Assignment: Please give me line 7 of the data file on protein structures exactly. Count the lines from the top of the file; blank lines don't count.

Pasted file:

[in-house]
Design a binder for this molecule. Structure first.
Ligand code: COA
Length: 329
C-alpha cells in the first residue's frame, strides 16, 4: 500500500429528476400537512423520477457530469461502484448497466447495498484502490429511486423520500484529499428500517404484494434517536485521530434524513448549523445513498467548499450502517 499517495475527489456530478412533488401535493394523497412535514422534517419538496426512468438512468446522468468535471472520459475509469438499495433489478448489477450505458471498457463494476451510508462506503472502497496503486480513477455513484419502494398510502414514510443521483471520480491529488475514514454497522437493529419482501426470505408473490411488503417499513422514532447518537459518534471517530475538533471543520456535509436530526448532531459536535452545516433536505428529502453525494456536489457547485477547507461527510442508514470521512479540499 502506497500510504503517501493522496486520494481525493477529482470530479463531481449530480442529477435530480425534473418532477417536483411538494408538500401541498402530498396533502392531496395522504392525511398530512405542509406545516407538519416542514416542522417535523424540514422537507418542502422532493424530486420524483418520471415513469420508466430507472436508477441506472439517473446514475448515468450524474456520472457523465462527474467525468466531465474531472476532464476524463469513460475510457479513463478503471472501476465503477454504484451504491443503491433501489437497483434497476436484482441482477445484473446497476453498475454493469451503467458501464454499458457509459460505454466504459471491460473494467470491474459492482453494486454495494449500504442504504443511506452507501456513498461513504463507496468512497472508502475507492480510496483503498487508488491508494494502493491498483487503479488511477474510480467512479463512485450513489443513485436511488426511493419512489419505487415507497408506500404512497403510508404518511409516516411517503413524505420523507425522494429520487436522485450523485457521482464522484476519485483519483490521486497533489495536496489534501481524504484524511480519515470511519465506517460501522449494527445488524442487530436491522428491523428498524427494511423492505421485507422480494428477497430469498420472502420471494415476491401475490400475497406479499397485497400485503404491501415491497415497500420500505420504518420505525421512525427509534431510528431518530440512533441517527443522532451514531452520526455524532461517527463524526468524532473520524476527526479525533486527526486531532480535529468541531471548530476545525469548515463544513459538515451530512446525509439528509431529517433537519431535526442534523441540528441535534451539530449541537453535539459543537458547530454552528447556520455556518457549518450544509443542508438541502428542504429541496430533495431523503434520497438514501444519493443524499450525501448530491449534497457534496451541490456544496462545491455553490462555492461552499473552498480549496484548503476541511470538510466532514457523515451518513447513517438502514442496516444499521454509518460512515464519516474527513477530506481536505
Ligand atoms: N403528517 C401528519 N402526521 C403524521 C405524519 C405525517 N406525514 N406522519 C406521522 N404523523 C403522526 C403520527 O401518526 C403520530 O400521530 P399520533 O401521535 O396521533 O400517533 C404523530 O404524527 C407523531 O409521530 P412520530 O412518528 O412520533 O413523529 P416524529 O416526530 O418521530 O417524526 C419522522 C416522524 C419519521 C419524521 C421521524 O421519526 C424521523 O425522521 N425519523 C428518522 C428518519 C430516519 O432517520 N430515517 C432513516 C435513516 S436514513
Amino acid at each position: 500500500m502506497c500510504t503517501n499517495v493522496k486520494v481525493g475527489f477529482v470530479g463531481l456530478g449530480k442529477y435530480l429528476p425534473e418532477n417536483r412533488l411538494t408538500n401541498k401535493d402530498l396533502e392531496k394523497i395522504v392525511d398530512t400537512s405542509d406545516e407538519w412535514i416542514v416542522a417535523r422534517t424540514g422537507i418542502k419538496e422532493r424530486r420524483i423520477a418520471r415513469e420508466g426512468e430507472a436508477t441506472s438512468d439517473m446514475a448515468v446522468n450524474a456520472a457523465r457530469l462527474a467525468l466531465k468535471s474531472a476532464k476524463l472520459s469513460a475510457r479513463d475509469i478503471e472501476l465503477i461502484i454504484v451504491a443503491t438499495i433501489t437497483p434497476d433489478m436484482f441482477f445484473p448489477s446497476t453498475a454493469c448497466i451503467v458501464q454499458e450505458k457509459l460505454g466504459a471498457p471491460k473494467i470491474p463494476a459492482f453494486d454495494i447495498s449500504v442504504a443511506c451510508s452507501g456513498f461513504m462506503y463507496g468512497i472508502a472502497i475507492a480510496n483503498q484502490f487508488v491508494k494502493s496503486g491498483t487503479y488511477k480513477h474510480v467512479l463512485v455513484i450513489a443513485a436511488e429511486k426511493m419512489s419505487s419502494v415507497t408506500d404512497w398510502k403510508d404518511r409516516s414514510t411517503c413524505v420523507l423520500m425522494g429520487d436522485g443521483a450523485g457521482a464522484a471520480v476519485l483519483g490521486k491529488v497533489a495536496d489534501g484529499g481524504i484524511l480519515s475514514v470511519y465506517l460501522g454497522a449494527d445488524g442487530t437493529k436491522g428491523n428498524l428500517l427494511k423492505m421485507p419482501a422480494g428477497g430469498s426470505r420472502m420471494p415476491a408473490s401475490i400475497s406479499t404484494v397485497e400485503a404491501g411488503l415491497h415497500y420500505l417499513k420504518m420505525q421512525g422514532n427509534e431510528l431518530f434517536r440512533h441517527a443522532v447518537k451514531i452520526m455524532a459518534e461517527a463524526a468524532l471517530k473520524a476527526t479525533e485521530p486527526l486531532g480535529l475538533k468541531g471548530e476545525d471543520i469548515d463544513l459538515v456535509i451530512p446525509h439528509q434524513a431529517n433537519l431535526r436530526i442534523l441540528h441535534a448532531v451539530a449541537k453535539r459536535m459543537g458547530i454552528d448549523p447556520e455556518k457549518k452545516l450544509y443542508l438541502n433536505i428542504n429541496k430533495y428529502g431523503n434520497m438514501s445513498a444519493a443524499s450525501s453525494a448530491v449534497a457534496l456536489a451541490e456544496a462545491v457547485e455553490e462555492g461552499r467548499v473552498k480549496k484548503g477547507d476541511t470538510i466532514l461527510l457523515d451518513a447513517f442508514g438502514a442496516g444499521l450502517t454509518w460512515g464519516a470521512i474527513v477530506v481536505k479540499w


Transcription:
Amino acid at each position: 500500500m502506497c500510504t503517501n499517495v493522496k486520494v481525493g475527489f477529482v470530479g463531481l456530478g449530480k442529477y435530480l429528476p425534473e418532477n417536483r412533488l411538494t408538500n401541498k401535493d402530498l396533502e392531496k394523497i395522504v392525511d398530512t400537512s405542509d406545516e407538519w412535514i416542514v416542522a417535523r422534517t424540514g422537507i418542502k419538496e422532493r424530486r420524483i423520477a418520471r415513469e420508466g426512468e430507472a436508477t441506472s438512468d439517473m446514475a448515468v446522468n450524474a456520472a457523465r457530469l462527474a467525468l466531465k468535471s474531472a476532464k476524463l472520459s469513460a475510457r479513463d475509469i478503471e472501476l465503477i461502484i454504484v451504491a443503491t438499495i433501489t437497483p434497476d433489478m436484482f441482477f445484473p448489477s446497476t453498475a454493469c448497466i451503467v458501464q454499458e450505458k457509459l460505454g466504459a471498457p471491460k473494467i470491474p463494476a459492482f453494486d454495494i447495498s449500504v442504504a443511506c451510508s452507501g456513498f461513504m462506503y463507496g468512497i472508502a472502497i475507492a480510496n483503498q484502490f487508488v491508494k494502493s496503486g491498483t487503479y488511477k480513477h474510480v467512479l463512485v455513484i450513489a443513485a436511488e429511486k426511493m419512489s419505487s419502494v415507497t408506500d404512497w398510502k403510508d404518511r409516516s414514510t411517503c413524505v420523507l423520500m425522494g429520487d436522485g443521483a450523485g457521482a464522484a471520480v476519485l483519483g490521486k491529488v497533489a495536496d489534501g484529499g481524504i484524511l480519515s475514514v470511519y465506517l460501522g454497522a449494527d445488524g442487530t437493529k436491522g428491523n428498524l428500517l427494511k423492505m421485507p419482501a422480494g428477497g430469498s426470505r420472502m420471494p415476491a408473490s401475490i400475497s406479499t404484494v397485497e400485503a404491501g411488503l415491497h415497500y420500505l417499513k420504518m420505525q421512525g422514532n427509534e431510528l431518530f434517536r440512533h441517527a443522532v447518537k451514531i452520526m455524532a459518534e461517527a463524526a468524532l471517530k473520524a476527526t479525533e485521530p486527526l486531532g480535529l475538533k468541531g471548530e476545525d471543520i469548515d463544513l459538515v456535509i451530512p446525509h439528509q434524513a431529517n433537519l431535526r436530526i442534523l441540528h441535534a448532531v451539530a449541537k453535539r459536535m459543537g458547530i454552528d448549523p447556520e455556518k457549518k452545516l450544509y443542508l438541502n433536505i428542504n429541496k430533495y428529502g431523503n434520497m438514501s445513498a444519493a443524499s450525501s453525494a448530491v449534497a457534496l456536489a451541490e456544496a462545491v457547485e455553490e462555492g461552499r467548499v473552498k480549496k484548503g477547507d476541511t470538510i466532514l461527510l457523515d451518513a447513517f442508514g438502514a442496516g444499521l450502517t454509518w460512515g464519516a470521512i474527513v477530506v481536505k479540499w